Checking for open connection inside Zope thread

This won't be a ridiculously popular post, but I finally came up with a solution for an annoying problem that's been hounding me for a week, and I need to crow to somebody. As no one real is available, the Anonymous Interwebs™ will suffice (O anthropomorphized amalgam of TCP connections, I venerate your constancy!).

I've got this BrowserView that streams the contents of a file to the HTTPResponse until the file signifies (by uttering the safe word "<<<<<EOFMARKER>>>>>") that no further content is forthcoming:

def stream(self):
f = self.getFile()
offset = 0, 2)
remaining = f.tell()
while True:
for line in self._generate_lines(f, offset, remaining):
if line.startswith(EOF_MARKER):
raise StopIteration
yield line
if self.finished:
offset = f.tell(), 2)
remaining = f.tell() - offset
del f
f = self.getFile()

As you can see, that's a generator that yields lines until EOFMARKER is seen, and then it finishes. The view iterates over the generator and writes the lines to the response. This works very well, other things being equal.

Unfortunately, that while loop keeps the thread alive. Normally, when the client closes the connection to the server (by navigating to a different page), the thread dies. Not in this case. I'm not totally clear as to the specifics, but the cause is certainly that infinite while loop. If the loop is particularly long-running, multiple requests to view the log stream could (and do) eat up all available threads in the pool (default 4, so the phenomenon is soon evident).

I tried loads of other arrangements of the same basic pattern, and came to the conclusion that there's really no good way to have this functionality without that while. So, had to check connection status as a condition of the loop's continuation. Eventually, digging into the guts of ZServer, I found a solution: sneak up from behind.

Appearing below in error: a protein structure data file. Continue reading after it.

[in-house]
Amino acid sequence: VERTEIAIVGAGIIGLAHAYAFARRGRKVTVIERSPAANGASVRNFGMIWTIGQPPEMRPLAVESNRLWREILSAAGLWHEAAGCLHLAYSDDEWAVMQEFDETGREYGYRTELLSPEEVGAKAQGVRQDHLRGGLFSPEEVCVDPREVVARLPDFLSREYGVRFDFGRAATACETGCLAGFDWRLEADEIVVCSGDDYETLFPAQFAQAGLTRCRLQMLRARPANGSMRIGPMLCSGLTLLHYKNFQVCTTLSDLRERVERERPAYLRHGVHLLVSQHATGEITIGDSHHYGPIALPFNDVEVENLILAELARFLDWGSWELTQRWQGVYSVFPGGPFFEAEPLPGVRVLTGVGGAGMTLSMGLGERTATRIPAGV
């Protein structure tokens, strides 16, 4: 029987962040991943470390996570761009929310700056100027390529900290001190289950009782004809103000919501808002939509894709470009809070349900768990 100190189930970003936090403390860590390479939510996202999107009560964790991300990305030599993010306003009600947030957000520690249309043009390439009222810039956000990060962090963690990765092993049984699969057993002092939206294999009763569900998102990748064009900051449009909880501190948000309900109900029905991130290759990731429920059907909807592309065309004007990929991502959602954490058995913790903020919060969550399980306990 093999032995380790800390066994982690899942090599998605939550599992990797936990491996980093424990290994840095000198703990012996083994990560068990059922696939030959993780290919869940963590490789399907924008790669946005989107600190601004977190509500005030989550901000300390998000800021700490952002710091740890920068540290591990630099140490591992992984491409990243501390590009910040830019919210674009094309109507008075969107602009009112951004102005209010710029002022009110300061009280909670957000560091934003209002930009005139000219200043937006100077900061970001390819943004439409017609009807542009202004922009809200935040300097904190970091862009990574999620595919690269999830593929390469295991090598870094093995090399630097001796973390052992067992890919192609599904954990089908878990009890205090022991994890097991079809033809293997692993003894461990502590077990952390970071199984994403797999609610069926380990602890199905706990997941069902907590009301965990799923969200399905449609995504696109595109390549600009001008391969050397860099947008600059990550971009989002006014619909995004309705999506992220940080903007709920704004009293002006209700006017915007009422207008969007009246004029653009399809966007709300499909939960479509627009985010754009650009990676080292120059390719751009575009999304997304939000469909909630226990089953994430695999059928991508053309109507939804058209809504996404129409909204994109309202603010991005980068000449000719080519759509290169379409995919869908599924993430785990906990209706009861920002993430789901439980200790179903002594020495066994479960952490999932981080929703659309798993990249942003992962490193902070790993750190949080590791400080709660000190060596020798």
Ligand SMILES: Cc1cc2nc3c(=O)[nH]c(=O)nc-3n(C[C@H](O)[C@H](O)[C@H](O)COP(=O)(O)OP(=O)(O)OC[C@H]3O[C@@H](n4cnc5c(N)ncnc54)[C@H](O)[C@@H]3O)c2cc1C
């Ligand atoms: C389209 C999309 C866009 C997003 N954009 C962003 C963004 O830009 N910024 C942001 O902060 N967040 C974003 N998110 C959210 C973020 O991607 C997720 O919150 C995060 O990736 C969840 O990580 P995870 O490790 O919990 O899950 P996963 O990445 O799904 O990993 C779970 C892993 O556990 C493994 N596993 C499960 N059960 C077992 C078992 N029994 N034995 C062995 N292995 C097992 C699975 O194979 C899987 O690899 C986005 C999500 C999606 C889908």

ZPublisher.HTTPRequest.HTTPRequest objects provide (almost) no information about the connection that spawned their existence—nothing like REQUEST.connection.is_open(), for example. Since REQUEST is the only relevant information available in this context, I was forced to call upon my hidden reserve of guile. I went to the source!

ZServer uses the standard asyncore library to handle its asynchronous sockets. Cursory investigation of the module yielded the very handy dictionary of all open connections:

(Pdb) asyncore.socket_map
{6: <ZServer.HTTPServer.zhttp_server listening at 0x5bbfa8>,
10: <ManagedClientConnection ('', 8100)>,
11: <select-trigger (pipe) at 117f378>,
21: <ZServer.HTTPServer.zhttp_channel connected
at 0x30a3148 channel#: 15 requests:>}

That last one was the socket I cared about. It disappeared at the right time, when the browser closed the connection. I just had to find some way for Zope itself to watch the open connections and stop streaming when the right one closed. This required me to correlate the REQUEST object to the connection, so it didn't stop working when somebody else closed their browser.

Luckily, REQUEST provided one piece of relevant information: the creation time of its channel. So all I had to do was check each of the open zhttp_channel connections for the same creation time; if none matched, the connection wasn't open anymore:

def is_browser_connection_open(request):
creation_time = request.environ['channel.creation_time']
for cnxn in asyncore.socket_map.values():
if (isinstance(cnxn, zhttp_channel) and
return True
return False

Then I just changed my streaming function to:

while is_browser_connection_open(REQUEST):

Worked like gangbusters. I've been sweating this issue for quite a while. Now, perhaps, I can sleep.


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